That afternoon, I wrote in an email to my girlfriend, “I’m so tired, I could easily fall asleep as soon as I eat some dinner. Then again, I might also get a second wind and stay up until well after midnight.” Surprise, surprise, I caught that second wind and did some writing until around 1 a.m. I didn’t have to work the next day, so I was happy to stay up and write. Then I switched to reading on the sofa, and a short while later, I was starting to nod off. “Well,” I mumbled to my cat, “off to bed I go.” I brushed my teeth, shuffled to my bedroom, and climbed under the covers with a sleepy smile on my face.

And that’s when the anxiety kicked in. Thanks a lot, Sandman!

When people talk about their insomnia, they usually talk about dwelling on bad memories, spiraling thoughts of mistakes and regrets, or internal monologues about their worthlessness and hopelessness. I was spared all of that, Yay! What I got instead was just a growing unease and edginess. Feh! The bed felt too cold. My bedroom was too dark. The light coming from the bathroom was too bright. The bed felt too warm. I couldn’t stop fidgeting.

After tossing and turning for what felt like hours, I gave up and went for the Xanax. I took a double dose because that generally knocks me out as if I’d gotten into the ring with Muhammad Ali. (Rest in power, champ.) But not that night. It was still at least half an hour, curled up in front of the TV, watching comfort shows, before my brain finally went dark. I slept well through the rest of the night and yet I still woke up besieged by anxiety that lasted all morning.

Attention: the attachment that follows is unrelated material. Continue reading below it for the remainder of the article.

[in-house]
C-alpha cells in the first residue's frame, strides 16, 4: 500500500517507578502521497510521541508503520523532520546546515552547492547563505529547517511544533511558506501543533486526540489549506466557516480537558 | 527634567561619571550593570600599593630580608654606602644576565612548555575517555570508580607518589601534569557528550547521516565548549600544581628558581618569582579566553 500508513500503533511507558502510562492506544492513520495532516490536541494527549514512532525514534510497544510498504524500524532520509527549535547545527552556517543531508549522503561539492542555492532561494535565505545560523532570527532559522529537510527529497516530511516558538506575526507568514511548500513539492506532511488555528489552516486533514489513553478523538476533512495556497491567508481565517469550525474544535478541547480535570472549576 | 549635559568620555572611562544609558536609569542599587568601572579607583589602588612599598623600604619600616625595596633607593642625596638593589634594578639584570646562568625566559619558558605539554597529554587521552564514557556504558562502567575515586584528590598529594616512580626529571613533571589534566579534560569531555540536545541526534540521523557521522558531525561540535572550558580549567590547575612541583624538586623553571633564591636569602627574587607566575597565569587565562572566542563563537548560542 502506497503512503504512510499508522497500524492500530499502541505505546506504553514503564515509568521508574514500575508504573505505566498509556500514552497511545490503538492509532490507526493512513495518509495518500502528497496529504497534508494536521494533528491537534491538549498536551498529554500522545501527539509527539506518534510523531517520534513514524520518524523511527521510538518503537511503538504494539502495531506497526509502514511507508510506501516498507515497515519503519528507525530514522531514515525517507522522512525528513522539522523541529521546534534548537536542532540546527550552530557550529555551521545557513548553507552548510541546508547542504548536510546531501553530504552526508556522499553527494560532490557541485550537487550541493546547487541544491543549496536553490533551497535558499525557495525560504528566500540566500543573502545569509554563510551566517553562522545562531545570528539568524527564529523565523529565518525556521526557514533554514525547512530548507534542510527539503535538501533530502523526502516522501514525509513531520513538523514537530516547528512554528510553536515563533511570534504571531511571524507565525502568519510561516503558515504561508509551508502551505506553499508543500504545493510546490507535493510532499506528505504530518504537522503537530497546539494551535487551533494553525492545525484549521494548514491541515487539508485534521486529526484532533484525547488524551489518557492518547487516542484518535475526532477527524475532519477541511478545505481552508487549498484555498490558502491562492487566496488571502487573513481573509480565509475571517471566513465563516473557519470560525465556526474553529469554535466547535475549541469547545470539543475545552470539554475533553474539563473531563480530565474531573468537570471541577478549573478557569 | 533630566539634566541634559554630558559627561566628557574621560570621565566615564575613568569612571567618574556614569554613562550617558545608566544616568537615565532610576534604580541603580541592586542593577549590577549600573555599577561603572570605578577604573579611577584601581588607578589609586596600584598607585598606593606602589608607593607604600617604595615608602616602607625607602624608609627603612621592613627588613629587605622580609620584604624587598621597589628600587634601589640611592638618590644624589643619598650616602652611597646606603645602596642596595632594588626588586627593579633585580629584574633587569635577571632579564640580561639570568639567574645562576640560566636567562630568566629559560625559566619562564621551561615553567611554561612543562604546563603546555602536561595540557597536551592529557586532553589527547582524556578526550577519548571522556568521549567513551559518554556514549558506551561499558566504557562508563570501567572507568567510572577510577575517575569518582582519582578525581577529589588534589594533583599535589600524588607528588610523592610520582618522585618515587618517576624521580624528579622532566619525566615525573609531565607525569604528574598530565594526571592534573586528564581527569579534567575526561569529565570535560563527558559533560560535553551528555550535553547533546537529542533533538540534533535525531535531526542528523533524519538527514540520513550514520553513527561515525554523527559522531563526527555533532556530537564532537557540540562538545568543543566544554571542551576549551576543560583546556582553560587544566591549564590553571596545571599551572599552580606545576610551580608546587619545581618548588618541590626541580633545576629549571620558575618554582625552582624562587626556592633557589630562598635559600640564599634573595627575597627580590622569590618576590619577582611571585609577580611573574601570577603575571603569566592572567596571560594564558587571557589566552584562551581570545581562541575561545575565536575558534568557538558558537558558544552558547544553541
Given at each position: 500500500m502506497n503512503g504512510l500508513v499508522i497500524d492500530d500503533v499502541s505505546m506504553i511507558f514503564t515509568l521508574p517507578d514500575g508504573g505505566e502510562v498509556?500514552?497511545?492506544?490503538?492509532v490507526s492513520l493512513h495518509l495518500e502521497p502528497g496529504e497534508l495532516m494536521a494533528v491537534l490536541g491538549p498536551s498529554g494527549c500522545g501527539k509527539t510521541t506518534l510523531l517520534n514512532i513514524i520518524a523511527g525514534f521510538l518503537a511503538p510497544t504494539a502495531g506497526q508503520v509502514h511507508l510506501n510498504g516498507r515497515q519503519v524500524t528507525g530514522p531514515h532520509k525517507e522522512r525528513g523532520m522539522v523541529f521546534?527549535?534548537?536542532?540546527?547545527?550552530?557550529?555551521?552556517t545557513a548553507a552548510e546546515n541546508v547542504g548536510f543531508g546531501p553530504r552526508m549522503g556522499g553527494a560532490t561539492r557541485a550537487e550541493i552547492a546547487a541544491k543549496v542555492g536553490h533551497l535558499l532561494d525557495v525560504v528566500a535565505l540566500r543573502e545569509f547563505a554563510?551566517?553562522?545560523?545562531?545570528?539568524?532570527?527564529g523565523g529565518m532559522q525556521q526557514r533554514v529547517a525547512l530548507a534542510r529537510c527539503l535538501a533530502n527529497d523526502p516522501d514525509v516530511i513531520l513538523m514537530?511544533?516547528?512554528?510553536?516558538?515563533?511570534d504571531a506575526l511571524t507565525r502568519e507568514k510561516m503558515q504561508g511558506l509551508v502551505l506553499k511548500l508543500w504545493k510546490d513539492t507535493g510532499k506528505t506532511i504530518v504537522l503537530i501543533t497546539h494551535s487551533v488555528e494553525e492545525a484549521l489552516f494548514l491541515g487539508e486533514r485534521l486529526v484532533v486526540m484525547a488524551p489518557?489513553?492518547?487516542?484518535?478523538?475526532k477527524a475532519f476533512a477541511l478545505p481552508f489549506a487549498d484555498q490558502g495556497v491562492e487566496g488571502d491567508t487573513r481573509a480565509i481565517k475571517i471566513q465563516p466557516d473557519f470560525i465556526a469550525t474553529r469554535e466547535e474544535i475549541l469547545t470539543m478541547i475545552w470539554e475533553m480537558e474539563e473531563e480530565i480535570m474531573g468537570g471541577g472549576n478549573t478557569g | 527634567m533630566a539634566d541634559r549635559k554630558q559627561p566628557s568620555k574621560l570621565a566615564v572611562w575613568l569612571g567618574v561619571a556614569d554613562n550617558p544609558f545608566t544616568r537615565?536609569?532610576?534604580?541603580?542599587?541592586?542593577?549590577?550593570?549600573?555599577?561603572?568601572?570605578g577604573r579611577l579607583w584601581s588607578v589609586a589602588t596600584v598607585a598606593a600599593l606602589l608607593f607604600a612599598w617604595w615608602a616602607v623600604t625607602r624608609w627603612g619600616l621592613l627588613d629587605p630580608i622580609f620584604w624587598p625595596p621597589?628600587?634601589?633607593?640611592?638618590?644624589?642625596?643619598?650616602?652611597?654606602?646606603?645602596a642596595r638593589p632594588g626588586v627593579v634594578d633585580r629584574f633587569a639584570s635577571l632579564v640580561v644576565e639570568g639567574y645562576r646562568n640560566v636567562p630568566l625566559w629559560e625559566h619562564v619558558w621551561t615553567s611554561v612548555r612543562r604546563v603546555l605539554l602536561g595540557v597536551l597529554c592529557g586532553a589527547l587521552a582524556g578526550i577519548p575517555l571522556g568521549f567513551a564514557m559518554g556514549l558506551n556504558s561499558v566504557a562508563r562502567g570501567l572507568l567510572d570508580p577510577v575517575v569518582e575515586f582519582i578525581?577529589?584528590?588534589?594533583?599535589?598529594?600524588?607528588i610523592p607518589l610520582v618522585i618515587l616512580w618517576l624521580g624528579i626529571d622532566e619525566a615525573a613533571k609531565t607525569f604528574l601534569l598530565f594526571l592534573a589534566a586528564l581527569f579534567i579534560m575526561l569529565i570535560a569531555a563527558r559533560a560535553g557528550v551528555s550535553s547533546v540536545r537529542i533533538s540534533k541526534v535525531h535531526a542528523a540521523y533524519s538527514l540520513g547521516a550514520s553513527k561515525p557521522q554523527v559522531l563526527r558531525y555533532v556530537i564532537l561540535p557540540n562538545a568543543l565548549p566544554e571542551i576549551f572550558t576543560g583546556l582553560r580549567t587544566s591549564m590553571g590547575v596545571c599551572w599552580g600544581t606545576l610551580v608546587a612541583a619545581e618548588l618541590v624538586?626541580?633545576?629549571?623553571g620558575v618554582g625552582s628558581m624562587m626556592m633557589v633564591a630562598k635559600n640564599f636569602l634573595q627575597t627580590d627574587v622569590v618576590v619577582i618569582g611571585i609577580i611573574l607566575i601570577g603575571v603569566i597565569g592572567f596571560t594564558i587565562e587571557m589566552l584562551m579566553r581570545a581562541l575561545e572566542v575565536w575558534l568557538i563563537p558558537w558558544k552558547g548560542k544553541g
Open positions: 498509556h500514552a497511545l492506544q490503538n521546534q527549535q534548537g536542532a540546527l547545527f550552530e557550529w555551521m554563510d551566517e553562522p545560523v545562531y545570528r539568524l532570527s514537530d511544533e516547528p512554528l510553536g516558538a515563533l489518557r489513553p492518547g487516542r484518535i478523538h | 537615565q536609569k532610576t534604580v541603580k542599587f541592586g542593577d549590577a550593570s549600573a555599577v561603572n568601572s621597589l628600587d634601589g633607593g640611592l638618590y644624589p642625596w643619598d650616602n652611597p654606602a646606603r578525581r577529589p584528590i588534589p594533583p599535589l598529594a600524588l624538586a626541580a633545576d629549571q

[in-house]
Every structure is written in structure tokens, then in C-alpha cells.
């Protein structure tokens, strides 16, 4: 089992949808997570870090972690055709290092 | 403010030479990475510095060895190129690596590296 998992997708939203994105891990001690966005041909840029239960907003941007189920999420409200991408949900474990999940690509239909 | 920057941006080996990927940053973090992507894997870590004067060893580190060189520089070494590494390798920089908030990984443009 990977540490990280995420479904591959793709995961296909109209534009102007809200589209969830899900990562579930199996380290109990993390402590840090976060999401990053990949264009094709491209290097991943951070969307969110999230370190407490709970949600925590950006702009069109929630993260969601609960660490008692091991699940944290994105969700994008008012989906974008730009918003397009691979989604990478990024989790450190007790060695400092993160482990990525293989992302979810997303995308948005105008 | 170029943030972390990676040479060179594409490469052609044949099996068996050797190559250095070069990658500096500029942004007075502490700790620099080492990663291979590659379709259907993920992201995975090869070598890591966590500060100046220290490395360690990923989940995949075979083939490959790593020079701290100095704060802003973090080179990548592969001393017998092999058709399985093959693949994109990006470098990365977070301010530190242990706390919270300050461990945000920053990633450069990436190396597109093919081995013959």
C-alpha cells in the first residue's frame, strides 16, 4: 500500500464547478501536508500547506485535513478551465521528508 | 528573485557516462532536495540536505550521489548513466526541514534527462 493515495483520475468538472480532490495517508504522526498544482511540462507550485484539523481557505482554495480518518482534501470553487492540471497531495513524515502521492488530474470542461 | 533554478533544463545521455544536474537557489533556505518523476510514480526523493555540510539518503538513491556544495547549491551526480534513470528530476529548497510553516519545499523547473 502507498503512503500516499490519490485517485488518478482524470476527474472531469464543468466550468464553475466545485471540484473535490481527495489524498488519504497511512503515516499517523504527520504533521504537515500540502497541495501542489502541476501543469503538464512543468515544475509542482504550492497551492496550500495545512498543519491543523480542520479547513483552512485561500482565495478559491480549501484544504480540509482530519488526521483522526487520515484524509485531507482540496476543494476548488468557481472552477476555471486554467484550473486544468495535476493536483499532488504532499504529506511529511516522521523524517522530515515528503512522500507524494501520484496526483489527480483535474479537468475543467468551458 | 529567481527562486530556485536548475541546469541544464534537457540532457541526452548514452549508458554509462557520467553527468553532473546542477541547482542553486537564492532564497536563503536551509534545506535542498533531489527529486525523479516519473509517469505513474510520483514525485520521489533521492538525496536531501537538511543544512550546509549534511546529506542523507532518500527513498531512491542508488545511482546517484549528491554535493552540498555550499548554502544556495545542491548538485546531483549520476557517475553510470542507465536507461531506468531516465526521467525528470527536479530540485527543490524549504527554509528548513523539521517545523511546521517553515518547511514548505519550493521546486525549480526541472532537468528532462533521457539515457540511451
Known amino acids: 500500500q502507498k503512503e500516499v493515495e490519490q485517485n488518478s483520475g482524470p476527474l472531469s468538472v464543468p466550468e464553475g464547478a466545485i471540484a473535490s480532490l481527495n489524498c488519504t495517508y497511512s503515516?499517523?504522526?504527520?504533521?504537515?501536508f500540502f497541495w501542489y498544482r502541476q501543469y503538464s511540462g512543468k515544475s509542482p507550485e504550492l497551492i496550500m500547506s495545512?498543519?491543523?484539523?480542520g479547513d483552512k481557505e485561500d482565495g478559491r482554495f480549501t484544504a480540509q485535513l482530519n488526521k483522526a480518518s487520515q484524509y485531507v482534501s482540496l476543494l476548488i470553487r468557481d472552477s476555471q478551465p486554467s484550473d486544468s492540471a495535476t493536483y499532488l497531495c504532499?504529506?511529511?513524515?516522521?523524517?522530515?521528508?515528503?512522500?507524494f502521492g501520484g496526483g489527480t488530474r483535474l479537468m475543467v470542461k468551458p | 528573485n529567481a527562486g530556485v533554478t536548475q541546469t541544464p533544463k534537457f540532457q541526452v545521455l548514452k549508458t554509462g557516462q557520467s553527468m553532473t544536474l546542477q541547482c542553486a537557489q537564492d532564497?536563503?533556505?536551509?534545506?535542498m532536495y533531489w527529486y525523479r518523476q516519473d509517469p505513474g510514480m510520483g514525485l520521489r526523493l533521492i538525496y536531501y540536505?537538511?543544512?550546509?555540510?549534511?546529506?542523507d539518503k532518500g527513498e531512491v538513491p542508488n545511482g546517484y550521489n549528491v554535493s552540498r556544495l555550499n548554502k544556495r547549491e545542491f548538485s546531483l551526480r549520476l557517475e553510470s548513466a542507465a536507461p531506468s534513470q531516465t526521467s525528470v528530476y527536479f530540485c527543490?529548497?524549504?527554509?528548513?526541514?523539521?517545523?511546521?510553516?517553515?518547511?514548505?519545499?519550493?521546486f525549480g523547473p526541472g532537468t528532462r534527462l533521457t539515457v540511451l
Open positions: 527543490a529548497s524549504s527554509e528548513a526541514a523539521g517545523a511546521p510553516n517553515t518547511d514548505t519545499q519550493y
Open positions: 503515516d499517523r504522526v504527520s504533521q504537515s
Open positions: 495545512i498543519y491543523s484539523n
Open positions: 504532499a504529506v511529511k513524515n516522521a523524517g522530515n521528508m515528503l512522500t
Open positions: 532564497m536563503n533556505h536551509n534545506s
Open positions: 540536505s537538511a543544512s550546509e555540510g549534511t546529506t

Insomnia is a monster that stalks the night. Sometimes you get the monster, but sometimes, the monster gets you.

Our revels now are ended. These our actors,
As I foretold you, were all spirits and
Are melted into air, into thin air:
And, like the baseless fabric of this vision,
The cloud-capp’d towers, the gorgeous palaces,
The solemn temples, the great globe itself,
Ye all which it inherit, shall dissolve
And, like this insubstantial pageant faded,
Leave not a rack behind. We are such stuff
As dreams are made on, and our little life
Is rounded with a sleep.